08.03.2010 - 09.03.2010 67 °F
so, i got a little bit of ribbing today for not posting an update yesterday. sorry about that, i wasn’t exactly in an area that was conducive to having the internet, being a sea-cliff and all. and besides, i didn’t do much at all yesterday since i was completely exhausted from having not slept the night before. might it have had something to do with the fact that i was up until four am updating this very blog? nah… i’m sure it wasn’t that.
yesterday started off nicely enough, barring the whole lack of sleep thing. i checked out of the motel and returned to Stone to pick up a couple of things from their merch store. not surprisingly, i was lured into the bistro by the rumbling noises in my stomach which convinced me that what i really needed for breakfast was a bruschetta blt with smoked gouda, not the tired old granola bar and cup of gas station coffee that i had planned. (it was a pretty easy sell, to be honest)
after brunch, i loaded up the car with my goodies and headed on over to sunny San Diego. granted it wasn’t as sunny as i had hoped, but i needed one more day with the Pacific before i left it for good. i hadn’t gotten very far down the coast when i passed a little campground positioned right at the top of these cute little bluffs. finding the idea of a day spent napping in the sunshine too tempting to pass up, i decided to check in and ditch any efforts of doing anything that required, well, effort. the rest of the day was blissful: just me, my book and the sea. the twelve hours of sleep didn’t hurt a bit, either.
i awoke well before my usual ten-or-eleven-o-clock, and went about breaking camp. this was complicated by the wind storm that had blown in overnight, which seemed determined to pick my tent up and toss it overboard. my neighbors were nice enough to ‘help’ by driving the stakes all the way into the ground for me. of course, this wasn’t enough to do any real good so they had to throw the cooler inside to weigh down the front enough to keep the dang thing in place. and i thought breaking camp by myself was difficult on a normal day. ha. try doing it with 30mph wind gusts. that’ll learn ya. once i succeeded in wrestling everything into its proper place, i headed out to explore the city.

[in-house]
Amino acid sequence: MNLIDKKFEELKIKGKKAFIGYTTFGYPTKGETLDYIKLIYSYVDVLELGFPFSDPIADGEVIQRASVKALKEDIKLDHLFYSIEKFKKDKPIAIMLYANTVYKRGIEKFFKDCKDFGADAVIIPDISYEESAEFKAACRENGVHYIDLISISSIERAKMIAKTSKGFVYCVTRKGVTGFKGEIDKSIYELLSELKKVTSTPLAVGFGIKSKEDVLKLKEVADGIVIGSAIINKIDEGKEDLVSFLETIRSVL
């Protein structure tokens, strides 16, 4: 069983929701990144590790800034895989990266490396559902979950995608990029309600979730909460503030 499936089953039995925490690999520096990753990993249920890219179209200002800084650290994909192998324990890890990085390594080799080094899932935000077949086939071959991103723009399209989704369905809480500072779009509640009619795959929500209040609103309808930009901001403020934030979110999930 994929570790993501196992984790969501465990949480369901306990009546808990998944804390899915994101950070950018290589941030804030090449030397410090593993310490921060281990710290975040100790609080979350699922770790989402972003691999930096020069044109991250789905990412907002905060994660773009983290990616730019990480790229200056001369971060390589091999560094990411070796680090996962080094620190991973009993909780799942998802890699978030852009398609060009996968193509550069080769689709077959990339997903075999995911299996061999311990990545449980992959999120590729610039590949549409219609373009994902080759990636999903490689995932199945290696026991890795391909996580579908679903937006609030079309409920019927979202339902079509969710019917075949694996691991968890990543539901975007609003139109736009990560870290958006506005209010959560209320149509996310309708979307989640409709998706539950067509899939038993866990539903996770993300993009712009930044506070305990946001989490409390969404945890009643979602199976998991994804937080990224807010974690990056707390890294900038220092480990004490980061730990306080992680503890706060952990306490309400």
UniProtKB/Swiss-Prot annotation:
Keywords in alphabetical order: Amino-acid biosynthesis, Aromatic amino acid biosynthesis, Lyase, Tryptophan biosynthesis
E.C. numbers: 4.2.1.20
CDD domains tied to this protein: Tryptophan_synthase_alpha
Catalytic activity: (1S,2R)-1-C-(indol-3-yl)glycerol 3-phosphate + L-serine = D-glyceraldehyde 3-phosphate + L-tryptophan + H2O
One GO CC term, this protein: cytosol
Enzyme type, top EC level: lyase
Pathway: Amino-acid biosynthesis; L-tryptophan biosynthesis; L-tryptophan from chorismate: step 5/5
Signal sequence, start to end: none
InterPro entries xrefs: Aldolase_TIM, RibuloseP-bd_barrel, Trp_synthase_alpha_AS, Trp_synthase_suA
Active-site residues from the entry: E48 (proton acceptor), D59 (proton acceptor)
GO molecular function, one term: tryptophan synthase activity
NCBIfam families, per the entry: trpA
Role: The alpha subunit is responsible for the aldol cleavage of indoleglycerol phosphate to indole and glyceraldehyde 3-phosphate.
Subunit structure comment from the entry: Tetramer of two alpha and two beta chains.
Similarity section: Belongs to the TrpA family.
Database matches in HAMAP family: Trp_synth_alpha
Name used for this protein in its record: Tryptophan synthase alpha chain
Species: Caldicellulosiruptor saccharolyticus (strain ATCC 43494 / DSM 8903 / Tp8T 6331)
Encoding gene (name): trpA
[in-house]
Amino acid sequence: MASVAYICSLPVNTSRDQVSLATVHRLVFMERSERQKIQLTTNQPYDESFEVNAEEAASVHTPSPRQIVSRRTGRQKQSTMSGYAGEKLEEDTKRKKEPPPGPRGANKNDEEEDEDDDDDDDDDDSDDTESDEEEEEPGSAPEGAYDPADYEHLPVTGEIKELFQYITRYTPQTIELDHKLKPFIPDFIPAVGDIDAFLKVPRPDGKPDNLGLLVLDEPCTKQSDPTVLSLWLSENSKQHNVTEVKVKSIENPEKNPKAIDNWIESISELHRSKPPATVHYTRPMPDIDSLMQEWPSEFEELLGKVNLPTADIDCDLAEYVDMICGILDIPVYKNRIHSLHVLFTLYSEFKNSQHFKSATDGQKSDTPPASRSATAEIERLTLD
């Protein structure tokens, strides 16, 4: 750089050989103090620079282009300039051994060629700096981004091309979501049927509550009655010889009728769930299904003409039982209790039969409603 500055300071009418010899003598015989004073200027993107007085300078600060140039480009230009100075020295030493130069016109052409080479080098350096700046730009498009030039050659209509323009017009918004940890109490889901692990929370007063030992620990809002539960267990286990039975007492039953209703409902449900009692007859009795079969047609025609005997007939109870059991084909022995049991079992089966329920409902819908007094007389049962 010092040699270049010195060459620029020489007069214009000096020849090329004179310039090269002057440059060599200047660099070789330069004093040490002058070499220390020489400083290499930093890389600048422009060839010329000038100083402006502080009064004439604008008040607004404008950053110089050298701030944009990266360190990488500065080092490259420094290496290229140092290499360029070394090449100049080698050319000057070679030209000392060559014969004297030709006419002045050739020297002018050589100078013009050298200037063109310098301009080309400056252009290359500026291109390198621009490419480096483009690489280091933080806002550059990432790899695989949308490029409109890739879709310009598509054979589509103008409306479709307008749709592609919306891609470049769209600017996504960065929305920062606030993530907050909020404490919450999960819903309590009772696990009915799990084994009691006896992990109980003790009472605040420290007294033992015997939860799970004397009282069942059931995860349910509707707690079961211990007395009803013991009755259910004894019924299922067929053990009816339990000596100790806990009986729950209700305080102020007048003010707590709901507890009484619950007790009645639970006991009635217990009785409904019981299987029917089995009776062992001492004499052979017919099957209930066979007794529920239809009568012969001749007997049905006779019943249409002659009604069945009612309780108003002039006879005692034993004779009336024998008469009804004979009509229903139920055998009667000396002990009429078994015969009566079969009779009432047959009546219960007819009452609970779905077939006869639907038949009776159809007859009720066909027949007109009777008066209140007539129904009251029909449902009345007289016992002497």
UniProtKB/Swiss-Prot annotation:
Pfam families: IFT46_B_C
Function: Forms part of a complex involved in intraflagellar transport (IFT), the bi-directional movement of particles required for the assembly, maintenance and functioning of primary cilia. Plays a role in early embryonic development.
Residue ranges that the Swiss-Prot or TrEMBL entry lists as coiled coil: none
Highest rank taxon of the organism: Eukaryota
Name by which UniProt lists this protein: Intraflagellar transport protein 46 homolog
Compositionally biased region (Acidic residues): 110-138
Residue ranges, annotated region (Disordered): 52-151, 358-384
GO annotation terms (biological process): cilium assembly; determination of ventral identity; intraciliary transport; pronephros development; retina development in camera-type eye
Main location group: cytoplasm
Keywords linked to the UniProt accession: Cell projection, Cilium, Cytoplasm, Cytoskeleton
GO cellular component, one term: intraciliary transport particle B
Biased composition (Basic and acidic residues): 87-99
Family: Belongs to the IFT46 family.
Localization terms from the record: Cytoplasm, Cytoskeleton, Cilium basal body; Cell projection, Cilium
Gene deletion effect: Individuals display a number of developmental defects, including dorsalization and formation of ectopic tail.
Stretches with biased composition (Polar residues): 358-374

not finding much more than the usual strip malls and box stores, along with the apparently ubiquitous meandering streets with multiple personality syndrome which make driving in a new place even worse than usual, i ditched town and headed back to the ocean for one last hurrah. la jolla (the jewel) lived up to its name, glistening with hues of turquoise, emerald and sapphire. feeling timid but daring, i clambered over the sandstone bluffs and gingerly, if not gracefully, lowered myself down the 10 foot drop in order to play tag with the waves.
getting back up was even less graceful, requiring a bit of rock-climbing ability i’m still not sure i possess. at one point, i was dangling half-off of the bluff with only the tips of my fingers and my faith keeping me in place. i managed to squirm my way to safety, glad that no one was around to watch me floundering around on my belly. even accounting for the skinned knees and bruised ego, it was totally worth it.
upon my return to the car, i was shocked to realize that it was already nearing two o’clock in the afternoon. i shifted into drive and went off in search of the highway out of town, deciding to skip the visit to the Geisel library in favor of putting some miles behind me instead. might i say, whoever said that 500 miles a day is a good pace for a road-trip obviously wasn’t driving by themselves. that, or they probably got on the road earlier in the day than i tend to and have more time to take breaks along the way. me, i can’t seem to get on the road before noon, sometimes even later than that and even if i drive until midnight or one am, i find i’ve still only gone 300 or so miles. just the thought of it is exhausting.
the rest of the day was spent on the road, winding my way up and then back down the coastal mountain range which at one point reached an elevation of 4,181 ft. once out of the mountains, i entered the desert which was sparsely populated to say the least. the border guards, however, were a lively bunch. they were highly amused by Gnorm and very informative. did you know that el caminos are very popular with drug smugglers? you see, there’s a large storage area behind the seat that runs under part of the bed. apparently, it’s handy for hiding things. illegal things. like drugs. fortunately for me, my wholesome looks and winning personality kept them from looking too closely (kidding, mom). the drug dog didn’t find anything too interesting and i was quickly waved on through.
it didn’t take long after that before i started to come down with cabin fever and decided to call it a day. it didn’t help that my phone battery died mid-conversation with a friend of mine which was the only thing keeping me from becoming hypnotized by the pretty little lights in the middle of the road that seemed to stretch on in a straight line right up to the horizon. i wonder if the desert is less dull in the daytime? guess we’ll find out tomorrow… until then, i’m going to catch what sleep i can.